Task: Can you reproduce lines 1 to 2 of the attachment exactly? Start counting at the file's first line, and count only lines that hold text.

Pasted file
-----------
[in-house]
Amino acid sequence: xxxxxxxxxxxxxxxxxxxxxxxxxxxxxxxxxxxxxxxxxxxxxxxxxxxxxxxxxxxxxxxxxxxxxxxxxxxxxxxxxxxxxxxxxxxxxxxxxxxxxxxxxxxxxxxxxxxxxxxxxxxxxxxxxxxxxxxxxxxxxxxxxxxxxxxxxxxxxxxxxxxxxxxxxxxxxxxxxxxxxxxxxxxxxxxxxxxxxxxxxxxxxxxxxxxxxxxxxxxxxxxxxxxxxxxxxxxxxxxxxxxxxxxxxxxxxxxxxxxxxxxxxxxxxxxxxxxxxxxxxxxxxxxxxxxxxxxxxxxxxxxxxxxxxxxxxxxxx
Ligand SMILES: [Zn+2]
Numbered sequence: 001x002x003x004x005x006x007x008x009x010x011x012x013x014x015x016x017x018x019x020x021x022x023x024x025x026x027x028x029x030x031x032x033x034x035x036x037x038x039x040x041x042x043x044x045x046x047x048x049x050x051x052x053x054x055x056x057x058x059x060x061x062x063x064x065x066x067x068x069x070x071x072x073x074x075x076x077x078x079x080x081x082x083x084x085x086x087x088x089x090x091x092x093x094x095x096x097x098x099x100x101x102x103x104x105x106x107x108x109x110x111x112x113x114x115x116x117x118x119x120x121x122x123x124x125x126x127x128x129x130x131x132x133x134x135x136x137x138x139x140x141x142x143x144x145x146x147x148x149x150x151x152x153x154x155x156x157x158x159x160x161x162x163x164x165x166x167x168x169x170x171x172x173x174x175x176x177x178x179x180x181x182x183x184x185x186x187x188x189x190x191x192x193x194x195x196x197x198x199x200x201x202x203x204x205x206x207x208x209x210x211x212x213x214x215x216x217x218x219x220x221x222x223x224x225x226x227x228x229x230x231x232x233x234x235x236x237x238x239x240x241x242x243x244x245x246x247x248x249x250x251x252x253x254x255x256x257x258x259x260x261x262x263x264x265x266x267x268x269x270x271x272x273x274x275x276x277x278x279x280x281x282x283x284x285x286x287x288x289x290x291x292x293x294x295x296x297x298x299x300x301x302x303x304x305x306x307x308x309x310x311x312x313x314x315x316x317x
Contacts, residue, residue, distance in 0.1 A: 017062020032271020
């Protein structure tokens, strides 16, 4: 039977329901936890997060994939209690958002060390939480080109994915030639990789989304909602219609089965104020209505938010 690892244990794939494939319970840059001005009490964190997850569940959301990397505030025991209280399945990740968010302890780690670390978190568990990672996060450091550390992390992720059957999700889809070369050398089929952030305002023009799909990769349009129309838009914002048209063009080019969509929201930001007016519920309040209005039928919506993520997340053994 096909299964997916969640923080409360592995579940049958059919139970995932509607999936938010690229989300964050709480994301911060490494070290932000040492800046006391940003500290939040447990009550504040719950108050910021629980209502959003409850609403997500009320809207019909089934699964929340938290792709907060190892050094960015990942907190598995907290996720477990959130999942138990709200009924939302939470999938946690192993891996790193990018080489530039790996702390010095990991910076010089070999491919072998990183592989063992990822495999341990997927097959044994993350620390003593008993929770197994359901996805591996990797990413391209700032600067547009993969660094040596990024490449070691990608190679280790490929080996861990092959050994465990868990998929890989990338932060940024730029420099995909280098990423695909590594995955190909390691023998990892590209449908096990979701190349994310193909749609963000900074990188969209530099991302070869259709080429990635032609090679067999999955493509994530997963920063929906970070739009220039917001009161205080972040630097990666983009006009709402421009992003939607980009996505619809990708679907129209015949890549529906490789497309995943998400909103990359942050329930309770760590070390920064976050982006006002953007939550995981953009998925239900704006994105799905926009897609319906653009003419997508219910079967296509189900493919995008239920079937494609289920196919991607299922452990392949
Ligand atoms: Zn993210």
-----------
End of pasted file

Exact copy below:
[in-house]
Amino acid sequence: xxxxxxxxxxxxxxxxxxxxxxxxxxxxxxxxxxxxxxxxxxxxxxxxxxxxxxxxxxxxxxxxxxxxxxxxxxxxxxxxxxxxxxxxxxxxxxxxxxxxxxxxxxxxxxxxxxxxxxxxxxxxxxxxxxxxxxxxxxxxxxxxxxxxxxxxxxxxxxxxxxxxxxxxxxxxxxxxxxxxxxxxxxxxxxxxxxxxxxxxxxxxxxxxxxxxxxxxxxxxxxxxxxxxxxxxxxxxxxxxxxxxxxxxxxxxxxxxxxxxxxxxxxxxxxxxxxxxxxxxxxxxxxxxxxxxxxxxxxxxxxxxxxxxxxxxxxxxx